What are Broader Impacts?
The National Science Foundation (NSF) evaluates proposals through the lenses of intellectual merit and broader impact (BI) criteria. Broader impact refers to the potential the work has to benefit society, to further educational horizons and knowledge of the general public, and to create a sustainable future for STEM research.
According to the NSF, a well-written BI statement "should include activities that are clearly described; have a well-justified rationale; and demonstrate creativity or originality, or have a basis in established approaches. The proposer should have a well-organized strategy for the accomplishment of clearly stated goals; establish the qualifications of those responsible for the activities; and demonstrate sufficient resources for support. A plan should be in place to document the results."
Support from the Office might include:
- Formulating BI/outreach plans that are well aligned with proposed research and faculty interests
- Identifying and tapping into existing infrastructure and programming to align with the proposal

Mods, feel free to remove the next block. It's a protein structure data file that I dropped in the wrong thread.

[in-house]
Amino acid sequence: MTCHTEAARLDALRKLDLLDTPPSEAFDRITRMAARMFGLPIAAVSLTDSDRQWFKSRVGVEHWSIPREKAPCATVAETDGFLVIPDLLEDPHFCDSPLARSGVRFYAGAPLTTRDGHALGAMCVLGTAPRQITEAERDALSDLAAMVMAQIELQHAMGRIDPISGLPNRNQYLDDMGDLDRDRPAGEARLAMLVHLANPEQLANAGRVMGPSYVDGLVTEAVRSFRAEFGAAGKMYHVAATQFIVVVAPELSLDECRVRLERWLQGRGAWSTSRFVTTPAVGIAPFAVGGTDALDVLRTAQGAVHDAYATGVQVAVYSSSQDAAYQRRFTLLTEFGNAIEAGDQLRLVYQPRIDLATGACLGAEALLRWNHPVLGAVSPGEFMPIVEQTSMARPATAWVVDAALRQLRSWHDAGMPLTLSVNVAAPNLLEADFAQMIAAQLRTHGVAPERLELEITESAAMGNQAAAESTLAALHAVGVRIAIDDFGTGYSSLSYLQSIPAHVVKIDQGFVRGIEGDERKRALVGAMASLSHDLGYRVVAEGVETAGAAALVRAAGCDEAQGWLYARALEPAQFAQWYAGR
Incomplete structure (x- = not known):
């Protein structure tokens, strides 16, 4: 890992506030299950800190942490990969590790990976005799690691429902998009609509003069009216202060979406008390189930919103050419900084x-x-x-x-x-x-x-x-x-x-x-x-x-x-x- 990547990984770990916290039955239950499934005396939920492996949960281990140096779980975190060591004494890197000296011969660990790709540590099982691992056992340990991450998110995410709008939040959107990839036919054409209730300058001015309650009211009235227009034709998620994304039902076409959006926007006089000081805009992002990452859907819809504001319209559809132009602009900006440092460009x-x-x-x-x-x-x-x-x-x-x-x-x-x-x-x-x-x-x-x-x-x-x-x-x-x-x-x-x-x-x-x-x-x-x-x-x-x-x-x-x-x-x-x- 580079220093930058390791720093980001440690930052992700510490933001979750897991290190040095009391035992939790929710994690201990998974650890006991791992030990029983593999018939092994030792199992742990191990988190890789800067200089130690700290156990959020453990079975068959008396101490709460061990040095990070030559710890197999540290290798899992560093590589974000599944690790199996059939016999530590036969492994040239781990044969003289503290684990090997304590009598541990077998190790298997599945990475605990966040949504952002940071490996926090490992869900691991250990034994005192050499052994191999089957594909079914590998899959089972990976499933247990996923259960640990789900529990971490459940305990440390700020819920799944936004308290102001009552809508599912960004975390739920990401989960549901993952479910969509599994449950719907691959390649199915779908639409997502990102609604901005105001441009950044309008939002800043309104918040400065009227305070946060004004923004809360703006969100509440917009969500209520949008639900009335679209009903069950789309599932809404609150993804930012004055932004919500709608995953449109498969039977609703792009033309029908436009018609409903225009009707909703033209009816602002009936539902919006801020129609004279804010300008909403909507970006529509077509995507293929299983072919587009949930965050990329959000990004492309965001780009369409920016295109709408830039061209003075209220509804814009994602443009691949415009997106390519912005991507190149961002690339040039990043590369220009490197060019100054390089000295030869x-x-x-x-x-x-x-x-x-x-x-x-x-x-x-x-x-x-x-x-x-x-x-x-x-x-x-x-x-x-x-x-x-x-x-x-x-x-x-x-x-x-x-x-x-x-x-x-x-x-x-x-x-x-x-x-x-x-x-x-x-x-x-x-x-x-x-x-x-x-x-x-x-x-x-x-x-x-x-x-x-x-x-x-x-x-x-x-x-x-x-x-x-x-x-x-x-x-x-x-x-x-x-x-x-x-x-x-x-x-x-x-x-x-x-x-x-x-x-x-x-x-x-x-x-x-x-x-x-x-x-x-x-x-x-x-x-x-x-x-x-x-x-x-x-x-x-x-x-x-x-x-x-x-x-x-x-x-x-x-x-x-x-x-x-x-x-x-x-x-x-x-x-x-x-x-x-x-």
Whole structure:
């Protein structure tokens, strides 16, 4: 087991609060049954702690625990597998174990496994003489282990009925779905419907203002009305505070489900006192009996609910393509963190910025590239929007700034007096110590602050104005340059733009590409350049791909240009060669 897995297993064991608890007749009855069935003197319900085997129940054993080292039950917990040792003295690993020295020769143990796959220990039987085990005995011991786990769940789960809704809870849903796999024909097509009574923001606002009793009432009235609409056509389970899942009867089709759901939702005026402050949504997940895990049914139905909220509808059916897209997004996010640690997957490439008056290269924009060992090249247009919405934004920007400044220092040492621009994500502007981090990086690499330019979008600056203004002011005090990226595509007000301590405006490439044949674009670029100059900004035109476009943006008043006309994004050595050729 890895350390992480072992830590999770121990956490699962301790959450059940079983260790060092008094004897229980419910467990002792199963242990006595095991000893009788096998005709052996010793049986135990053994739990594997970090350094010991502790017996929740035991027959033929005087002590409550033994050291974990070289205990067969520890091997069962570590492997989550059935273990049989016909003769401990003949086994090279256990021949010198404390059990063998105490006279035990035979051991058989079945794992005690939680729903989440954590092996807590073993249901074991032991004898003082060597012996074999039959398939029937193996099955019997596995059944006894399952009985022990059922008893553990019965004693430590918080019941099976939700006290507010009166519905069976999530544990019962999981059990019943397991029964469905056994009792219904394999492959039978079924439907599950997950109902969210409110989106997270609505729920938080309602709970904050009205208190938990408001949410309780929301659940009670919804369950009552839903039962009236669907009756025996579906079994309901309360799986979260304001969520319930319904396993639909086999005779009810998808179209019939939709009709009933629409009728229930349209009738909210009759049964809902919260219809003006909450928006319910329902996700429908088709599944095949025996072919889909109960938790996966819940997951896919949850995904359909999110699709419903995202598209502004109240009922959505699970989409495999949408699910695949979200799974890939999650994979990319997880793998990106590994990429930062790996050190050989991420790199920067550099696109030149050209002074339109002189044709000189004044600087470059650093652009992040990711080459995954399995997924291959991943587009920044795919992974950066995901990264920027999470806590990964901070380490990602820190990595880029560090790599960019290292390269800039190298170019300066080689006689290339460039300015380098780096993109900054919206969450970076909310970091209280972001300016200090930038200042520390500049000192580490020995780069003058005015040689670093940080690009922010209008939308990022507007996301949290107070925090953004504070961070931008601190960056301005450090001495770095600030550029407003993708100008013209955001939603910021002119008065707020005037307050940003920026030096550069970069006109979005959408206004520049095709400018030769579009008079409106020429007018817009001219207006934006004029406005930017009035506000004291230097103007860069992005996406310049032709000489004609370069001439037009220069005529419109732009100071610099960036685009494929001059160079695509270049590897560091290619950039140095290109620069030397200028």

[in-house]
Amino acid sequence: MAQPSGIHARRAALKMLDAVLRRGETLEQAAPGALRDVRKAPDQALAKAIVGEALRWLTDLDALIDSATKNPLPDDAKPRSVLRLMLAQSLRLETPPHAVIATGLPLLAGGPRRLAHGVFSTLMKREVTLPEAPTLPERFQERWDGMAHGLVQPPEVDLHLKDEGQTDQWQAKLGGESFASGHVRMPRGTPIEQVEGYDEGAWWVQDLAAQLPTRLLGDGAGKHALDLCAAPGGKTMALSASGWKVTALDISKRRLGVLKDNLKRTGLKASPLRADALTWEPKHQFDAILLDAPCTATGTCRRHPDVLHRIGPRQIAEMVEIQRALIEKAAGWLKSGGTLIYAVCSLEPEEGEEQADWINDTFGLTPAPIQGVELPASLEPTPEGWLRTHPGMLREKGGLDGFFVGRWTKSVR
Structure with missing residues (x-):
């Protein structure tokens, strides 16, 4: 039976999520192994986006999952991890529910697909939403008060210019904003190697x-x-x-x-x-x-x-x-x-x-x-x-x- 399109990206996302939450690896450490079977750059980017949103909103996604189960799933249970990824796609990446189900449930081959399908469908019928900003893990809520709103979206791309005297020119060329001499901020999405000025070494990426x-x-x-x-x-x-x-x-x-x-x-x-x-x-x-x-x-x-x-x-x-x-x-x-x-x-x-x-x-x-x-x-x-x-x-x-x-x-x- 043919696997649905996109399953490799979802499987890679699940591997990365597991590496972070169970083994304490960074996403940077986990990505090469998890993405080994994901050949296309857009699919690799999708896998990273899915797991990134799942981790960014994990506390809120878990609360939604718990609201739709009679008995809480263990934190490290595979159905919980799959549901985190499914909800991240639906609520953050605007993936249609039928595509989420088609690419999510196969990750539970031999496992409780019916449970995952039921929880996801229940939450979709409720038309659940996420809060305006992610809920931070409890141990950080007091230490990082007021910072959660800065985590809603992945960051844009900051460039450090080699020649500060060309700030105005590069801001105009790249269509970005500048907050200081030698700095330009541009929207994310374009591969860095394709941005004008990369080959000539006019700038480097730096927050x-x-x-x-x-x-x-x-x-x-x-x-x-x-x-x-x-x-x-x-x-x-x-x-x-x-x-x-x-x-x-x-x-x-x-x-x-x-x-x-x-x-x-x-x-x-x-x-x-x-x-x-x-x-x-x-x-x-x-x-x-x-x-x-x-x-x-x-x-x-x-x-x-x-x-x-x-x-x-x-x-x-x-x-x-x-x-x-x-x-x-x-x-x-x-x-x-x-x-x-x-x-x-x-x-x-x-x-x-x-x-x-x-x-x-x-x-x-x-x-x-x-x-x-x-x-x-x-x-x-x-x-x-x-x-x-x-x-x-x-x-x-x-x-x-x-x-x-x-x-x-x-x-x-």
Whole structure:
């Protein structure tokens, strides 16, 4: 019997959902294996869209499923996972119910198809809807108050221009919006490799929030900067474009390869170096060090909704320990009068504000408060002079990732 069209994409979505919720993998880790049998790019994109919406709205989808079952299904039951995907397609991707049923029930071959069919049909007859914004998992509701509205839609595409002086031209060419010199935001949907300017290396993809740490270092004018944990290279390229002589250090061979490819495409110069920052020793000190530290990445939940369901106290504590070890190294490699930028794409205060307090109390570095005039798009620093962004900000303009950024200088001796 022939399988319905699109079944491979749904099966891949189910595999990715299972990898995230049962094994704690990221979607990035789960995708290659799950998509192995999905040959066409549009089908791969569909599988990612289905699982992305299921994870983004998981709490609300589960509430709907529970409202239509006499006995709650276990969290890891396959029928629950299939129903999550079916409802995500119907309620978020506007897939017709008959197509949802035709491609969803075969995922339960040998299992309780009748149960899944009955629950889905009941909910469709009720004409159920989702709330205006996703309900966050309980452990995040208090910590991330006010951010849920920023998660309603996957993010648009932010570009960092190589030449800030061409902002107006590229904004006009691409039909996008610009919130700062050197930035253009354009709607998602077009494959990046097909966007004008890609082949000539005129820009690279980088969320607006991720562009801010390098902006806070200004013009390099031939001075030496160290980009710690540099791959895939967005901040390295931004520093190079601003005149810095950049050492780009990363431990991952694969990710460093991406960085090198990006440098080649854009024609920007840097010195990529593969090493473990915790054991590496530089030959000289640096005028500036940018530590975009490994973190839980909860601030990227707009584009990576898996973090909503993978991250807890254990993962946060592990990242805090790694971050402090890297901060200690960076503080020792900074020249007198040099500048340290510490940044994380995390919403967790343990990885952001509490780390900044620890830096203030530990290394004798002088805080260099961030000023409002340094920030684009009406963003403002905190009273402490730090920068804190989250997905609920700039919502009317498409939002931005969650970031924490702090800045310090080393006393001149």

- Catalyzing and coordinating external partnerships
- Once funded, coordinating and supporting programming, communication, and impact evaluation
Developing a broader impact or outreach plan that is well suited to faculty interests, time and resources is a collaborative effort. Ideally, investigators should contact Outreach as soon as they begin work on a proposal that requires a broader impact or outreach component. More lead time will result in a better proposal.
Proposals are encouraged to meet at least one or two of the major strands of the broader impact parameters:
- Building STEM talent
- Innovating for the future
- Improving our society
- Reaching beyond borders
- Engaging a wider audience